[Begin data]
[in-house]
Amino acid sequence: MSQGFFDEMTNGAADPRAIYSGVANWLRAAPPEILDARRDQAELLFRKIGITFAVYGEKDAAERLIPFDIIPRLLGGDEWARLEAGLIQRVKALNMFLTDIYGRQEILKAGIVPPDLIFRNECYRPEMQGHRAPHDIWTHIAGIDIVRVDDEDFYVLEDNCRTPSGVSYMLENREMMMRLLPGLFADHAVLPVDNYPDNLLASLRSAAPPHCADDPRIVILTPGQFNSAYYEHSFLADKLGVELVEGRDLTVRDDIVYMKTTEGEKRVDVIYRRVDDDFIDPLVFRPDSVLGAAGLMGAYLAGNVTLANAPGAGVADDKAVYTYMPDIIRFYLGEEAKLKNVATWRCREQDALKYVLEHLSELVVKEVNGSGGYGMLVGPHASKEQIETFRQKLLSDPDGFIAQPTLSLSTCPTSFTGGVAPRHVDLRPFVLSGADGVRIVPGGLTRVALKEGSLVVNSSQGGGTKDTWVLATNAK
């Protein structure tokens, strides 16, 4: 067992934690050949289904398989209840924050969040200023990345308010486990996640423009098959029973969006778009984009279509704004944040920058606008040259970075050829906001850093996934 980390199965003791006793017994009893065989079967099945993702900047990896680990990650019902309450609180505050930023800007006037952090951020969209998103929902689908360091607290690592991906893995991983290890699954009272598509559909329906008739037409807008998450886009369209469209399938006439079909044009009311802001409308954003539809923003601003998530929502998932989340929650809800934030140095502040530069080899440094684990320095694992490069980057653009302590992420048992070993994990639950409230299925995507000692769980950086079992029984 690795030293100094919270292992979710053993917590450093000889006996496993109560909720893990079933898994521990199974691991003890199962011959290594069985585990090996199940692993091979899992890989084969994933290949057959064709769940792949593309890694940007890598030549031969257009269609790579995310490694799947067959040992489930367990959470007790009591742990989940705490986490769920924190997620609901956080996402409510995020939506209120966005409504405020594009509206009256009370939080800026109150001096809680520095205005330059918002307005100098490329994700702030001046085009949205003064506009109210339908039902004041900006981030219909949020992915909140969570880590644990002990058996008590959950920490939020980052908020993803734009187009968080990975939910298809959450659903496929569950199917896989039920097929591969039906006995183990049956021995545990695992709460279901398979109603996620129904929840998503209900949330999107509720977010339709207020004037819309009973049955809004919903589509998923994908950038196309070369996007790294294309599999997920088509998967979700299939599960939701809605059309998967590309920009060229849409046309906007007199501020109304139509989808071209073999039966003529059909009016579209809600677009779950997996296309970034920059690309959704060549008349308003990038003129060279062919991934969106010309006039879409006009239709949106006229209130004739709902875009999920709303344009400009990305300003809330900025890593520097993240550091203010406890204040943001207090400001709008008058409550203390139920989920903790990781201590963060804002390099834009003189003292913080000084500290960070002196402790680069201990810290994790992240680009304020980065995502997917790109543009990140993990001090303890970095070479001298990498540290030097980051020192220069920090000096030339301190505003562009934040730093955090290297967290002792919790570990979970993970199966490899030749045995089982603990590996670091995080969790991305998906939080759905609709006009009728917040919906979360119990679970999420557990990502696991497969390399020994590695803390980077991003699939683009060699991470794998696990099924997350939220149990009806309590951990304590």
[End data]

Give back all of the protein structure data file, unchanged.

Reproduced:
[in-house]
Amino acid sequence: MSQGFFDEMTNGAADPRAIYSGVANWLRAAPPEILDARRDQAELLFRKIGITFAVYGEKDAAERLIPFDIIPRLLGGDEWARLEAGLIQRVKALNMFLTDIYGRQEILKAGIVPPDLIFRNECYRPEMQGHRAPHDIWTHIAGIDIVRVDDEDFYVLEDNCRTPSGVSYMLENREMMMRLLPGLFADHAVLPVDNYPDNLLASLRSAAPPHCADDPRIVILTPGQFNSAYYEHSFLADKLGVELVEGRDLTVRDDIVYMKTTEGEKRVDVIYRRVDDDFIDPLVFRPDSVLGAAGLMGAYLAGNVTLANAPGAGVADDKAVYTYMPDIIRFYLGEEAKLKNVATWRCREQDALKYVLEHLSELVVKEVNGSGGYGMLVGPHASKEQIETFRQKLLSDPDGFIAQPTLSLSTCPTSFTGGVAPRHVDLRPFVLSGADGVRIVPGGLTRVALKEGSLVVNSSQGGGTKDTWVLATNAK
């Protein structure tokens, strides 16, 4: 067992934690050949289904398989209840924050969040200023990345308010486990996640423009098959029973969006778009984009279509704004944040920058606008040259970075050829906001850093996934 980390199965003791006793017994009893065989079967099945993702900047990896680990990650019902309450609180505050930023800007006037952090951020969209998103929902689908360091607290690592991906893995991983290890699954009272598509559909329906008739037409807008998450886009369209469209399938006439079909044009009311802001409308954003539809923003601003998530929502998932989340929650809800934030140095502040530069080899440094684990320095694992490069980057653009302590992420048992070993994990639950409230299925995507000692769980950086079992029984 690795030293100094919270292992979710053993917590450093000889006996496993109560909720893990079933898994521990199974691991003890199962011959290594069985585990090996199940692993091979899992890989084969994933290949057959064709769940792949593309890694940007890598030549031969257009269609790579995310490694799947067959040992489930367990959470007790009591742990989940705490986490769920924190997620609901956080996402409510995020939506209120966005409504405020594009509206009256009370939080800026109150001096809680520095205005330059918002307005100098490329994700702030001046085009949205003064506009109210339908039902004041900006981030219909949020992915909140969570880590644990002990058996008590959950920490939020980052908020993803734009187009968080990975939910298809959450659903496929569950199917896989039920097929591969039906006995183990049956021995545990695992709460279901398979109603996620129904929840998503209900949330999107509720977010339709207020004037819309009973049955809004919903589509998923994908950038196309070369996007790294294309599999997920088509998967979700299939599960939701809605059309998967590309920009060229849409046309906007007199501020109304139509989808071209073999039966003529059909009016579209809600677009779950997996296309970034920059690309959704060549008349308003990038003129060279062919991934969106010309006039879409006009239709949106006229209130004739709902875009999920709303344009400009990305300003809330900025890593520097993240550091203010406890204040943001207090400001709008008058409550203390139920989920903790990781201590963060804002390099834009003189003292913080000084500290960070002196402790680069201990810290994790992240680009304020980065995502997917790109543009990140993990001090303890970095070479001298990498540290030097980051020192220069920090000096030339301190505003562009934040730093955090290297967290002792919790570990979970993970199966490899030749045995089982603990590996670091995080969790991305998906939080759905609709006009009728917040919906979360119990679970999420557990990502696991497969390399020994590695803390980077991003699939683009060699991470794998696990099924997350939220149990009806309590951990304590």